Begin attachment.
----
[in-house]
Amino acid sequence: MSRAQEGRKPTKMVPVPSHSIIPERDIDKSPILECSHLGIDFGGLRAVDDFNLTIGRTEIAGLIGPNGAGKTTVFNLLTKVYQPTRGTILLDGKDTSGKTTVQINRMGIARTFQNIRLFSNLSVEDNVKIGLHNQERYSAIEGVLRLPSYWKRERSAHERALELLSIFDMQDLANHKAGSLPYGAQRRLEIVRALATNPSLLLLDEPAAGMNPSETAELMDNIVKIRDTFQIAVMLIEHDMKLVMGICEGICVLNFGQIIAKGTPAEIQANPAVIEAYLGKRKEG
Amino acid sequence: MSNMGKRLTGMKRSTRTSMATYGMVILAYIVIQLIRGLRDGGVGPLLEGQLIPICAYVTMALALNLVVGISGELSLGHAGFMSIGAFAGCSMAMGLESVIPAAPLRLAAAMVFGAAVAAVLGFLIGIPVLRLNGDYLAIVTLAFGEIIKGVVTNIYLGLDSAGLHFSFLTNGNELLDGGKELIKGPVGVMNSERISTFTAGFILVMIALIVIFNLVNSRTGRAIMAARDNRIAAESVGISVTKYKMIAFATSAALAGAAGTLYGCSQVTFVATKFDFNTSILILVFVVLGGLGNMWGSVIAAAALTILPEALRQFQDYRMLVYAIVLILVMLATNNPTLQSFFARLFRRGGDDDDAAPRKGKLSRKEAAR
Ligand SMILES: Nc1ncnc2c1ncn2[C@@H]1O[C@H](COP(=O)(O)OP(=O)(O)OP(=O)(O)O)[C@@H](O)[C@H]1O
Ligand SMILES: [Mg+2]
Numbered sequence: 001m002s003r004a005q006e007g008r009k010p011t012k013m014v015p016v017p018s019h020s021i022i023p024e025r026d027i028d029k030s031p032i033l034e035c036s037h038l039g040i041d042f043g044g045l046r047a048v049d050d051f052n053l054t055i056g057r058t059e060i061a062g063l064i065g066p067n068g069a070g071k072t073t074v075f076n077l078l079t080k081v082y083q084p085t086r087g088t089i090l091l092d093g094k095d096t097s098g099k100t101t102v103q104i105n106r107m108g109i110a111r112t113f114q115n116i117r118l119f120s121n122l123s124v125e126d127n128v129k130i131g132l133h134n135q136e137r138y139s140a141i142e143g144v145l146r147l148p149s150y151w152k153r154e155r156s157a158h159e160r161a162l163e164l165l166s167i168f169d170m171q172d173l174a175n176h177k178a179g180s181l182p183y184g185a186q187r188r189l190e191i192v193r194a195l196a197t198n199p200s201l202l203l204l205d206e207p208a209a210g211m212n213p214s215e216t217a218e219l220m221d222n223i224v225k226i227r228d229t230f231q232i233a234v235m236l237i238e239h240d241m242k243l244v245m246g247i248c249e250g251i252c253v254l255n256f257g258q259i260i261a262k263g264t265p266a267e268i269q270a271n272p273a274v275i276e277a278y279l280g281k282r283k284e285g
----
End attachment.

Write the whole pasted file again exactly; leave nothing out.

[in-house]
Amino acid sequence: MSRAQEGRKPTKMVPVPSHSIIPERDIDKSPILECSHLGIDFGGLRAVDDFNLTIGRTEIAGLIGPNGAGKTTVFNLLTKVYQPTRGTILLDGKDTSGKTTVQINRMGIARTFQNIRLFSNLSVEDNVKIGLHNQERYSAIEGVLRLPSYWKRERSAHERALELLSIFDMQDLANHKAGSLPYGAQRRLEIVRALATNPSLLLLDEPAAGMNPSETAELMDNIVKIRDTFQIAVMLIEHDMKLVMGICEGICVLNFGQIIAKGTPAEIQANPAVIEAYLGKRKEG
Amino acid sequence: MSNMGKRLTGMKRSTRTSMATYGMVILAYIVIQLIRGLRDGGVGPLLEGQLIPICAYVTMALALNLVVGISGELSLGHAGFMSIGAFAGCSMAMGLESVIPAAPLRLAAAMVFGAAVAAVLGFLIGIPVLRLNGDYLAIVTLAFGEIIKGVVTNIYLGLDSAGLHFSFLTNGNELLDGGKELIKGPVGVMNSERISTFTAGFILVMIALIVIFNLVNSRTGRAIMAARDNRIAAESVGISVTKYKMIAFATSAALAGAAGTLYGCSQVTFVATKFDFNTSILILVFVVLGGLGNMWGSVIAAAALTILPEALRQFQDYRMLVYAIVLILVMLATNNPTLQSFFARLFRRGGDDDDAAPRKGKLSRKEAAR
Ligand SMILES: Nc1ncnc2c1ncn2[C@@H]1O[C@H](COP(=O)(O)OP(=O)(O)OP(=O)(O)O)[C@@H](O)[C@H]1O
Ligand SMILES: [Mg+2]
Numbered sequence: 001m002s003r004a005q006e007g008r009k010p011t012k013m014v015p016v017p018s019h020s021i022i023p024e025r026d027i028d029k030s031p032i033l034e035c036s037h038l039g040i041d042f043g044g045l046r047a048v049d050d051f052n053l054t055i056g057r058t059e060i061a062g063l064i065g066p067n068g069a070g071k072t073t074v075f076n077l078l079t080k081v082y083q084p085t086r087g088t089i090l091l092d093g094k095d096t097s098g099k100t101t102v103q104i105n106r107m108g109i110a111r112t113f114q115n116i117r118l119f120s121n122l123s124v125e126d127n128v129k130i131g132l133h134n135q136e137r138y139s140a141i142e143g144v145l146r147l148p149s150y151w152k153r154e155r156s157a158h159e160r161a162l163e164l165l166s167i168f169d170m171q172d173l174a175n176h177k178a179g180s181l182p183y184g185a186q187r188r189l190e191i192v193r194a195l196a197t198n199p200s201l202l203l204l205d206e207p208a209a210g211m212n213p214s215e216t217a218e219l220m221d222n223i224v225k226i227r228d229t230f231q232i233a234v235m236l237i238e239h240d241m242k243l244v245m246g247i248c249e250g251i252c253v254l255n256f257g258q259i260i261a262k263g264t265p266a267e268i269q270a271n272p273a274v275i276e277a278y279l280g281k282r283k284e285g